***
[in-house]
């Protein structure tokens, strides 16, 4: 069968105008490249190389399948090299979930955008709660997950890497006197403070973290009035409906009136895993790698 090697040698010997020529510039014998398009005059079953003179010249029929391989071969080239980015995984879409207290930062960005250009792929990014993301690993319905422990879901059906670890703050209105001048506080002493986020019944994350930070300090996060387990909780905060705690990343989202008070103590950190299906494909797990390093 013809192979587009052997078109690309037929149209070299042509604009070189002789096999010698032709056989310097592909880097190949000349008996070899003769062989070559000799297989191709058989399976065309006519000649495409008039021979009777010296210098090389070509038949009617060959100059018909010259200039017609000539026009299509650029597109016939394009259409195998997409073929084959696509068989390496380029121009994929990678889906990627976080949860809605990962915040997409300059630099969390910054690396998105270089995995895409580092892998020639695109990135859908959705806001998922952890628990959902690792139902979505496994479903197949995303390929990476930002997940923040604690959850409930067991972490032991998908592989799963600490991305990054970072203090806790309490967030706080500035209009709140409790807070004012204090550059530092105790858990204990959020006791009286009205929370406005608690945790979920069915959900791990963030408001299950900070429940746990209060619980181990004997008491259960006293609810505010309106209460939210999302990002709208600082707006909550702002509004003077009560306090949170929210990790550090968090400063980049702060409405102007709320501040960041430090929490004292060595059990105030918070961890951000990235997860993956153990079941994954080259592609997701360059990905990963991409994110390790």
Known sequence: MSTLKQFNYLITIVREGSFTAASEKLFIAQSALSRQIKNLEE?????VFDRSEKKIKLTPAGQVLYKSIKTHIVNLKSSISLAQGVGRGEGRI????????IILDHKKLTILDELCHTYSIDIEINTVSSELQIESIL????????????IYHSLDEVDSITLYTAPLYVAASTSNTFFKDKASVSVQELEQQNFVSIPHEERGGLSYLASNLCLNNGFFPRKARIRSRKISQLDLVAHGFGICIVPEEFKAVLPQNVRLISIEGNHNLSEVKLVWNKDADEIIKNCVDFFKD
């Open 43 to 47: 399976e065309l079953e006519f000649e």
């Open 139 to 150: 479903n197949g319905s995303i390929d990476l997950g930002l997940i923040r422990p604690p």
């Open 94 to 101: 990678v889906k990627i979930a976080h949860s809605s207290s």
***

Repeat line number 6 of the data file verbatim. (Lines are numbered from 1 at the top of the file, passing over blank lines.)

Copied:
């Open 94 to 101: 990678v889906k990627i979930a976080h949860s809605s207290s």